Infrastructure development in Delhi at present is centred around the 2010 Commonwealth Games. Speculation is on about whether the projects would meet their deadlines or not. Amid all this, one thing that has gone unnoticed is the facility and the competence to conduct dope tests in India.
With a little more than a year to go for the Games, India is still not ready with the technology to test the presence of several performance enhancing drugs.
The Sports and Youth Affairs Ministry is yet to give a green signal to its National Drugs Testing Agency (NDTA) to acquire the technology to detect erythropoietin — a haemoglobin-enhancing drug. The technology is available in many countries.
The agency also does not have the facility to test human growth hormones.
The scientists working for the agency have 12 months to get the methods into the scope of accreditation. The World Anti-Doping Agency (WADA) deadline is December 2009.
“We have WADA accreditation till December 2009, but not for these methods. The deadline applies to all testing centres within WADA’s purview,” said Dr Alka Beotra, deputy director, NDTA.
“It is a continuous process as the WADA keeps including new names to the list of prohibited drugs and one has to develop competency for the same. The only challenge would be to progress from testing the existing 1500 samples to 5000 samples per year,” said I. Shriniwas, joint secretary (Ministry of Youth Affairs and Sports).
“It is a gradual process and we hope to acquire methods soon. But if the national agency fails to achieve the required methods within the time frame, the only option left would be to sub-contract it to foreign centres, which is a little expensive,” said Rahul Bhatnagar, joint secretary, international sports division and director National Anti-Doping Agency.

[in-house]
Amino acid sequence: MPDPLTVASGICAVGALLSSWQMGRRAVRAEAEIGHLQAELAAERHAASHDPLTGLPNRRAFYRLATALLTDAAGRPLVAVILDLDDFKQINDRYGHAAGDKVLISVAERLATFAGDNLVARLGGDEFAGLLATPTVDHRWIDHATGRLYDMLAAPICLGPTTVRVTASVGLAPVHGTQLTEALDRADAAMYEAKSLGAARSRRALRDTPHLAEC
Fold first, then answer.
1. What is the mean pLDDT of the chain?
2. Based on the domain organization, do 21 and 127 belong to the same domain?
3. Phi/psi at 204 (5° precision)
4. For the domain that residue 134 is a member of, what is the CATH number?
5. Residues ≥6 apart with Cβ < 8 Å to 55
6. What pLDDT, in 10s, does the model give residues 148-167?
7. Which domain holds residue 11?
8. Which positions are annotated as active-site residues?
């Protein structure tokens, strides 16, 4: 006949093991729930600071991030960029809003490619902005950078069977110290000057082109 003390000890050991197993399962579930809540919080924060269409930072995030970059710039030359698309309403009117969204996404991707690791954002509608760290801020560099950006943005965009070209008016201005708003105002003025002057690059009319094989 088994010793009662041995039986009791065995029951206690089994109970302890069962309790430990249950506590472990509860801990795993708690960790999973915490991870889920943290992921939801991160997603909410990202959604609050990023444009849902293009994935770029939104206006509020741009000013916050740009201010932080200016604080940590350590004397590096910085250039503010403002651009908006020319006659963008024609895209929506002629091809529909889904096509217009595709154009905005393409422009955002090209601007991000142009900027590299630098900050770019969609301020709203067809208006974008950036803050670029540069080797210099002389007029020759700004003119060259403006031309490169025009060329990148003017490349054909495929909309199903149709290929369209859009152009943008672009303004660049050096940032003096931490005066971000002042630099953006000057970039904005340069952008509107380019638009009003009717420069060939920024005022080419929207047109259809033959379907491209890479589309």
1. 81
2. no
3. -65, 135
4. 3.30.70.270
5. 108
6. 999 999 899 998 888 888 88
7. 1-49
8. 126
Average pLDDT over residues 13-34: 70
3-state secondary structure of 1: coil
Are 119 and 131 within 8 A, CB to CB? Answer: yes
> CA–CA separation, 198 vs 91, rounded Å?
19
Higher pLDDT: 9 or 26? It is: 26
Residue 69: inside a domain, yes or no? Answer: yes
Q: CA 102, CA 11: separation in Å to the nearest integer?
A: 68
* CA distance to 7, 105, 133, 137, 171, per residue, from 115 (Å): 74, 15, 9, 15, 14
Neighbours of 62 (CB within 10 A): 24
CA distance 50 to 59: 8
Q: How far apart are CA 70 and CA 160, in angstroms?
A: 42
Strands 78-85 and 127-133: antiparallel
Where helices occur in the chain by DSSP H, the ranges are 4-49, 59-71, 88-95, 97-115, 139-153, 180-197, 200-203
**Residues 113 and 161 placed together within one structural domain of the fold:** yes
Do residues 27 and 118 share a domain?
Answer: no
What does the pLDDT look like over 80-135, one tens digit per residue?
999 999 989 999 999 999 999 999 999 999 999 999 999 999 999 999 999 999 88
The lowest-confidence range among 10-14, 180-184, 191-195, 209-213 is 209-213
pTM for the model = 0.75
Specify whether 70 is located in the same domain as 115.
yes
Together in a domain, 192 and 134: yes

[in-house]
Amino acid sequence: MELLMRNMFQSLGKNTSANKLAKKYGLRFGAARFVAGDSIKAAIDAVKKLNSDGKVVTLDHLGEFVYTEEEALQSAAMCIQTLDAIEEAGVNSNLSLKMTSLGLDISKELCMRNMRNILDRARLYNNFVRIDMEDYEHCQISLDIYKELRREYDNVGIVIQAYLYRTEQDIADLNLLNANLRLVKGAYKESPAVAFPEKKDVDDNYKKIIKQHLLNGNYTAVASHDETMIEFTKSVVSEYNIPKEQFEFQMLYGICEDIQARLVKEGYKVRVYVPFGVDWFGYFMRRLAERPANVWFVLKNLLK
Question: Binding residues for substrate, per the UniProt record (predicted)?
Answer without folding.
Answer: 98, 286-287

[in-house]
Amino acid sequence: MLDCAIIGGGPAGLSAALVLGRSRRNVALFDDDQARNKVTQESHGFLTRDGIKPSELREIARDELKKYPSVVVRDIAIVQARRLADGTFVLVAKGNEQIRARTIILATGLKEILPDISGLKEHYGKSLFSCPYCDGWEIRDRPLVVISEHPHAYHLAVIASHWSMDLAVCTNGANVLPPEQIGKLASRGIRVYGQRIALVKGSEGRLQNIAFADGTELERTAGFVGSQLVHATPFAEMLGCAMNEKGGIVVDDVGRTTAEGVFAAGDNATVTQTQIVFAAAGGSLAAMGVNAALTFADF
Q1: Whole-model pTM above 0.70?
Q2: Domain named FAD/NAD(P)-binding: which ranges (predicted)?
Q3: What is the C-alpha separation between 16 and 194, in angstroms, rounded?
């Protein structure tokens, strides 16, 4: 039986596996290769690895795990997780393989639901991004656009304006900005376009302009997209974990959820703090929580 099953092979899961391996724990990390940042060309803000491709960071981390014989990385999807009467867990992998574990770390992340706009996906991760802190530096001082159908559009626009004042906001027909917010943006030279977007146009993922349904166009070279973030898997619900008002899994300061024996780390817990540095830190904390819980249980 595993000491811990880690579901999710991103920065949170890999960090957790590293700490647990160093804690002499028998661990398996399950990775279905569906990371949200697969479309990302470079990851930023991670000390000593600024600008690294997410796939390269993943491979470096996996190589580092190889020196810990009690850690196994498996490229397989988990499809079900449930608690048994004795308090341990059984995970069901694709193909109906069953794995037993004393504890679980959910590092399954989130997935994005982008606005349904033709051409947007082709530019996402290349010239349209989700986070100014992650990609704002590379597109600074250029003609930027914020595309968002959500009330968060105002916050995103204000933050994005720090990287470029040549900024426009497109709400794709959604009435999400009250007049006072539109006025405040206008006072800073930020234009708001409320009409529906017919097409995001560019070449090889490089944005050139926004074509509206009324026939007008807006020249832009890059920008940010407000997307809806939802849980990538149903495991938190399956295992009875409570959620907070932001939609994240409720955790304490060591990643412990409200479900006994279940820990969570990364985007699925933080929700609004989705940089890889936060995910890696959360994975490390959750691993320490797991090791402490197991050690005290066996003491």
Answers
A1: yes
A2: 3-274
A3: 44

The estimated cost of testing a sample in any of the South Asian countries is about $300 (Rs 15,000). In Tokyo labs, the costs could spiral to about $500. If tested in India, the cost would come down to less than one-third.
Lalit Bhanot, the organising secretary of the 2010 Delhi Commonwealth Games, is positive about achieving the targets on time. “We did all the urine sample testing in India at the time of the Youth Commonwealth Games held in October this year. I think we are prepared.”
But the ground reality is, besides acquiring testing equipment; the agency needs trained staff. So far, the agency has 20 trained officers, but for the Games they will need to expand the manpower base to at least 50.
In January, Shriniwas had said the hiring process would be complete by March 2008, but the NDTA is still looking for trained scientists.
“There is a shortage of trained officers, but we have it in our plan to train more people next year,” said Dr Beotra.